Skip to main content



A few weeks ago I got an email from We are knitters asking if I was interested in a little social collaboration with them. I was over the moon happy about this opportunity! It is a privilege to get to work with such a well-known company as WAK. Initially WAK was looking for Swedish knitters to promote their yarn and kits, but after clearing the small confusion about my origins, (I live in Finland, and not Sweden even though the part of Finland I’m from is bilingual, and about 50% Swedish speaking) I was still welcomed on board.

The slogan of We are knitters is “All the happiness in a kit”. The company’s main idea is that anyone can learn how to knit and make their own clothes, and the patterns range from very beginner to more advanced level. The website has video tutorials for everything you need to know about knitting your own garments: all the stitches and special techniques are explained from casting on to weaving in ends and everything in between.

Everything is made very easy for you: you just go to their website, browse through their beautiful designs, choose your size and the color you want to knit with, and that’s all. The pattern comes home to you with the right needle size and the necessary amount of wool in your chosen color, and everything else you need for knitting your own garment. They have even included a WAK clothing label you can sew on your garment to give it a professional finish.

Another thing I love about WAK is their ideology and concern for sustainability, a cause that is very close to my heart. Their wool is 100 % Peruvian wool and on the WAK website you can find a lot of information about the production of the wool from the sheep to skeins. I wasn’t able to find information on whether the wool is ecological though, so I conclude it probably isn’t even though the mentioning of happy sheep in the Peruvian Andes makes me think of happy thoughts as well.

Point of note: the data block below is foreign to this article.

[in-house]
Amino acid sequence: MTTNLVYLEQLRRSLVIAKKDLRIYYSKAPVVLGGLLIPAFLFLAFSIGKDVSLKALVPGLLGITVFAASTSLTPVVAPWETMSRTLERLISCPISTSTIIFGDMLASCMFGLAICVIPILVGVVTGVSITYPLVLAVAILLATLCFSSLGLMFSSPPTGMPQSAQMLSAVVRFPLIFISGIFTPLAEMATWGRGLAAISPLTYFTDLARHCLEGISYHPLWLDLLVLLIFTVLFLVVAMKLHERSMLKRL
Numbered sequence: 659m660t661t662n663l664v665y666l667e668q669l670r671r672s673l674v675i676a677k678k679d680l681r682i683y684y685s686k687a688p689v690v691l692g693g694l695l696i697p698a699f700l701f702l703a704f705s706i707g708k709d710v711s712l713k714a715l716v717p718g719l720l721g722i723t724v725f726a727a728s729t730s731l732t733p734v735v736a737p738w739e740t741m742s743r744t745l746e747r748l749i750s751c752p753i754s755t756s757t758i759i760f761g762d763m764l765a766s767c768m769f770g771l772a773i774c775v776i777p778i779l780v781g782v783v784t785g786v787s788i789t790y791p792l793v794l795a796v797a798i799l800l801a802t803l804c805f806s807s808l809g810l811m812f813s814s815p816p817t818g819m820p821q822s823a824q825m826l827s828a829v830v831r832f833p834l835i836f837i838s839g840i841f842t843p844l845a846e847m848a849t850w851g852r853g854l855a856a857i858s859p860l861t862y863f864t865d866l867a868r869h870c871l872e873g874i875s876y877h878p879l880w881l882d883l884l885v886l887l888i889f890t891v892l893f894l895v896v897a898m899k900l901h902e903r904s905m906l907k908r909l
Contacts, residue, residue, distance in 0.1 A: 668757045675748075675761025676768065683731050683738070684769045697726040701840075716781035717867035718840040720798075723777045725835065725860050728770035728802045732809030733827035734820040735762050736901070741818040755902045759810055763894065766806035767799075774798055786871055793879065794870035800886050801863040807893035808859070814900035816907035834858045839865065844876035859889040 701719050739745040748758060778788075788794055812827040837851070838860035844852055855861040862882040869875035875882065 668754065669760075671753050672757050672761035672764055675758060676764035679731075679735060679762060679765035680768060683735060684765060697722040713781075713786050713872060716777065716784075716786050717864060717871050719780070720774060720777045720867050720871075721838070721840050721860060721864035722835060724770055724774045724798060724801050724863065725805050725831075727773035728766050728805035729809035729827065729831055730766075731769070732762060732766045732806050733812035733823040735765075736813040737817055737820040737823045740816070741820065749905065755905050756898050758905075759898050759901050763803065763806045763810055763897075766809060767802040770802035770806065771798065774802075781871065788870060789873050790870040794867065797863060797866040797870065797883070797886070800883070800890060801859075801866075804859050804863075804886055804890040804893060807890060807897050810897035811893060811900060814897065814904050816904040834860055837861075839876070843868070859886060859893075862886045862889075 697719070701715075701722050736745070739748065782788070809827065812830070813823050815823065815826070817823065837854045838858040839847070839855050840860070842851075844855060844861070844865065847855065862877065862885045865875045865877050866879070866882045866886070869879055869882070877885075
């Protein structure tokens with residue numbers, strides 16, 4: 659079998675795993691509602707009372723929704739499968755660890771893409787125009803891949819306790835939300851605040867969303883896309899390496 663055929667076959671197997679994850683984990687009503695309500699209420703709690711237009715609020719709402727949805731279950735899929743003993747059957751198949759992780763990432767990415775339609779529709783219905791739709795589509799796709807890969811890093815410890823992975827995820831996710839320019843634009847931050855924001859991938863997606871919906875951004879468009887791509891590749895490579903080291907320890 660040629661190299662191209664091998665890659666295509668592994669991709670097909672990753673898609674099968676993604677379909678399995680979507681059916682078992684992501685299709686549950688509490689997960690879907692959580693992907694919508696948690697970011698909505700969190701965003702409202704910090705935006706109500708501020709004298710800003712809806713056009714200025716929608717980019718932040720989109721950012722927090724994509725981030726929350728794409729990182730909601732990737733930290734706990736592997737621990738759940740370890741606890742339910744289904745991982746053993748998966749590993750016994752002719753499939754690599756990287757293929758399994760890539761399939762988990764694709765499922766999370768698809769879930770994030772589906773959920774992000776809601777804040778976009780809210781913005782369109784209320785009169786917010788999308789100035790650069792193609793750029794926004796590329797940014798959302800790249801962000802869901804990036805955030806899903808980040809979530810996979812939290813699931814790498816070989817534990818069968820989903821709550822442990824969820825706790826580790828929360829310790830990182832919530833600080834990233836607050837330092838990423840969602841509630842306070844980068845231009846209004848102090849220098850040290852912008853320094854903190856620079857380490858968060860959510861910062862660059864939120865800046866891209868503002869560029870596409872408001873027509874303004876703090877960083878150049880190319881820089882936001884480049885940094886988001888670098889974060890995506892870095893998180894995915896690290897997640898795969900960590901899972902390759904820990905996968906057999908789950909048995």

The idea of sustainability carries throughout the whole kit. There is no plastic anywhere to be seen. The needles are handmade and made of beechwood and the packaging materials are made from recyclable paper. This too, makes me really happy.

I chose to test the Latu cardigan kit. I was happy to notice that some of the patterns had Finnish names, such as Lumi and Suuri, and I thought choosing one of them would be fitting (especially taking the aforementioned confusion about my home country in consideration). Btw, “latu” means the traces the skis make in the snow, “lumi” is snow and “suuri” means big. I chose to knit it in this lovely dark forest green shade, which is my favorite color in the world.

The kit arrived in a week, which was pretty fast in my opinion. It came from Germany, so there were no custom duties involved. I’ve looked at WAK kits quite a many times, but the main reason I haven’t ordered anything has been the fear of having to pay a lot of customs on top of the already quite price-y kit. But it’s a good thing to know they ship within the EU, since ordering stuff from the US can sometimes be slow and costly.

Now, let’s start knitting!